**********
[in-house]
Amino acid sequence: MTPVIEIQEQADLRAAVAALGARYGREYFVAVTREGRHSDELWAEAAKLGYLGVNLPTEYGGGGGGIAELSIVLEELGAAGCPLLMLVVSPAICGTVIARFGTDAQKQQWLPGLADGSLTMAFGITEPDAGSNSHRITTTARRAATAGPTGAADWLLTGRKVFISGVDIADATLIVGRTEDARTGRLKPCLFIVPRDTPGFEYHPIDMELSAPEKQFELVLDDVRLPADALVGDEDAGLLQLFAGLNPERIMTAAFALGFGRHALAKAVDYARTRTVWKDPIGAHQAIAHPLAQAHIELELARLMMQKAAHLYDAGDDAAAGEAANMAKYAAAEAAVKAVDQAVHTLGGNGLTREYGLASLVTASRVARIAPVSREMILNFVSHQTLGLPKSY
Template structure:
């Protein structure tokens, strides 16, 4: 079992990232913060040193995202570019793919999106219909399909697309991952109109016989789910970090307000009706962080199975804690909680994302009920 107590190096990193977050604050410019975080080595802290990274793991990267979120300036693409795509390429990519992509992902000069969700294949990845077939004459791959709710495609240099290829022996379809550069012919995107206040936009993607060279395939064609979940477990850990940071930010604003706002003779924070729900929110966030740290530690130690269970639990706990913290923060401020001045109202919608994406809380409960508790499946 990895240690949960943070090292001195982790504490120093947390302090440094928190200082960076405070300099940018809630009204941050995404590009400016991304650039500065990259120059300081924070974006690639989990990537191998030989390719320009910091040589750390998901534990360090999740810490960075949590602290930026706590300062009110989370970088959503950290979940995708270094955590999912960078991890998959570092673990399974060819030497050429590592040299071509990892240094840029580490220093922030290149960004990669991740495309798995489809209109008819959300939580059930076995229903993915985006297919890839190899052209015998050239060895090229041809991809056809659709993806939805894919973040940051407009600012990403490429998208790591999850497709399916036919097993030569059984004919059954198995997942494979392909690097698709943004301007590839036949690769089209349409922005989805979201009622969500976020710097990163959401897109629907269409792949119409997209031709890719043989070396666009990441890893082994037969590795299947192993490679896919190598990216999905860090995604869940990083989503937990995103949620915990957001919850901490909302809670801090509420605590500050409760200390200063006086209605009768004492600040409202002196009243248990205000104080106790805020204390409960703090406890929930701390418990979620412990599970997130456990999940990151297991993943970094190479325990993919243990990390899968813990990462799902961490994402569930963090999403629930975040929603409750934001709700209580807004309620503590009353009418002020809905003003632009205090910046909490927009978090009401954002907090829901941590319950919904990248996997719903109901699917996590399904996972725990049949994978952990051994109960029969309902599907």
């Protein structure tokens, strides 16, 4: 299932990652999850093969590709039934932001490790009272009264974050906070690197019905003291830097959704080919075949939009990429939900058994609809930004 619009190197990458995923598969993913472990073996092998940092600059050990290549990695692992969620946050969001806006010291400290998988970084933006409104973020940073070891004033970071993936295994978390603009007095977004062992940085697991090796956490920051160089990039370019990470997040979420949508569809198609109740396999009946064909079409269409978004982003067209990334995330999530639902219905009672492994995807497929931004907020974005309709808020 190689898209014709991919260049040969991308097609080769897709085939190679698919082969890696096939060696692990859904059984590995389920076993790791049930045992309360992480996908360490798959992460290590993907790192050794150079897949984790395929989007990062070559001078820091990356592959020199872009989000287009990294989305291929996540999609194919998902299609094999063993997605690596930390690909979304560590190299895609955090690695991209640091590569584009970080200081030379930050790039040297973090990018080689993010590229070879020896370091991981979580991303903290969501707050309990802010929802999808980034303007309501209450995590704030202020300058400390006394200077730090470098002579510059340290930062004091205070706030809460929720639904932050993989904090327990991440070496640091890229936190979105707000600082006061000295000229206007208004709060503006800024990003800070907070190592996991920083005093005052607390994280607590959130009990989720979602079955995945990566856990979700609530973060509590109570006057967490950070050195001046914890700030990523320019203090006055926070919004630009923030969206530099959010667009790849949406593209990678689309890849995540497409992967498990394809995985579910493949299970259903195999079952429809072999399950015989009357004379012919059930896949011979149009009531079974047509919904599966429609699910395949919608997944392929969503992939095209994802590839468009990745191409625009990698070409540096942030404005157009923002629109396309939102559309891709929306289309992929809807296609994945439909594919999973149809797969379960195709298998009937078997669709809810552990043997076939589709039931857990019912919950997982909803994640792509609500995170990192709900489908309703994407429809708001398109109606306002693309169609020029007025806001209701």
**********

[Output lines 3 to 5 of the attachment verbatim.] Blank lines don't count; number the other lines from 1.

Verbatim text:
Template structure:
């Protein structure tokens, strides 16, 4: 079992990232913060040193995202570019793919999106219909399909697309991952109109016989789910970090307000009706962080199975804690909680994302009920 107590190096990193977050604050410019975080080595802290990274793991990267979120300036693409795509390429990519992509992902000069969700294949990845077939004459791959709710495609240099290829022996379809550069012919995107206040936009993607060279395939064609979940477990850990940071930010604003706002003779924070729900929110966030740290530690130690269970639990706990913290923060401020001045109202919608994406809380409960508790499946 990895240690949960943070090292001195982790504490120093947390302090440094928190200082960076405070300099940018809630009204941050995404590009400016991304650039500065990259120059300081924070974006690639989990990537191998030989390719320009910091040589750390998901534990360090999740810490960075949590602290930026706590300062009110989370970088959503950290979940995708270094955590999912960078991890998959570092673990399974060819030497050429590592040299071509990892240094840029580490220093922030290149960004990669991740495309798995489809209109008819959300939580059930076995229903993915985006297919890839190899052209015998050239060895090229041809991809056809659709993806939805894919973040940051407009600012990403490429998208790591999850497709399916036919097993030569059984004919059954198995997942494979392909690097698709943004301007590839036949690769089209349409922005989805979201009622969500976020710097990163959401897109629907269409792949119409997209031709890719043989070396666009990441890893082994037969590795299947192993490679896919190598990216999905860090995604869940990083989503937990995103949620915990957001919850901490909302809670801090509420605590500050409760200390200063006086209605009768004492600040409202002196009243248990205000104080106790805020204390409960703090406890929930701390418990979620412990599970997130456990999940990151297991993943970094190479325990993919243990990390899968813990990462799902961490994402569930963090999403629930975040929603409750934001709700209580807004309620503590009353009418002020809905003003632009205090910046909490927009978090009401954002907090829901941590319950919904990248996997719903109901699917996590399904996972725990049949994978952990051994109960029969309902599907």
């Protein structure tokens, strides 16, 4: 299932990652999850093969590709039934932001490790009272009264974050906070690197019905003291830097959704080919075949939009990429939900058994609809930004 619009190197990458995923598969993913472990073996092998940092600059050990290549990695692992969620946050969001806006010291400290998988970084933006409104973020940073070891004033970071993936295994978390603009007095977004062992940085697991090796956490920051160089990039370019990470997040979420949508569809198609109740396999009946064909079409269409978004982003067209990334995330999530639902219905009672492994995807497929931004907020974005309709808020 190689898209014709991919260049040969991308097609080769897709085939190679698919082969890696096939060696692990859904059984590995389920076993790791049930045992309360992480996908360490798959992460290590993907790192050794150079897949984790395929989007990062070559001078820091990356592959020199872009989000287009990294989305291929996540999609194919998902299609094999063993997605690596930390690909979304560590190299895609955090690695991209640091590569584009970080200081030379930050790039040297973090990018080689993010590229070879020896370091991981979580991303903290969501707050309990802010929802999808980034303007309501209450995590704030202020300058400390006394200077730090470098002579510059340290930062004091205070706030809460929720639904932050993989904090327990991440070496640091890229936190979105707000600082006061000295000229206007208004709060503006800024990003800070907070190592996991920083005093005052607390994280607590959130009990989720979602079955995945990566856990979700609530973060509590109570006057967490950070050195001046914890700030990523320019203090006055926070919004630009923030969206530099959010667009790849949406593209990678689309890849995540497409992967498990394809995985579910493949299970259903195999079952429809072999399950015989009357004379012919059930896949011979149009009531079974047509919904599966429609699910395949919608997944392929969503992939095209994802590839468009990745191409625009990698070409540096942030404005157009923002629109396309939102559309891709929306289309992929809807296609994945439909594919999973149809797969379960195709298998009937078997669709809810552990043997076939589709039931857990019912919950997982909803994640792509609500995170990192709900489908309703994407429809708001398109109606306002693309169609020029007025806001209701």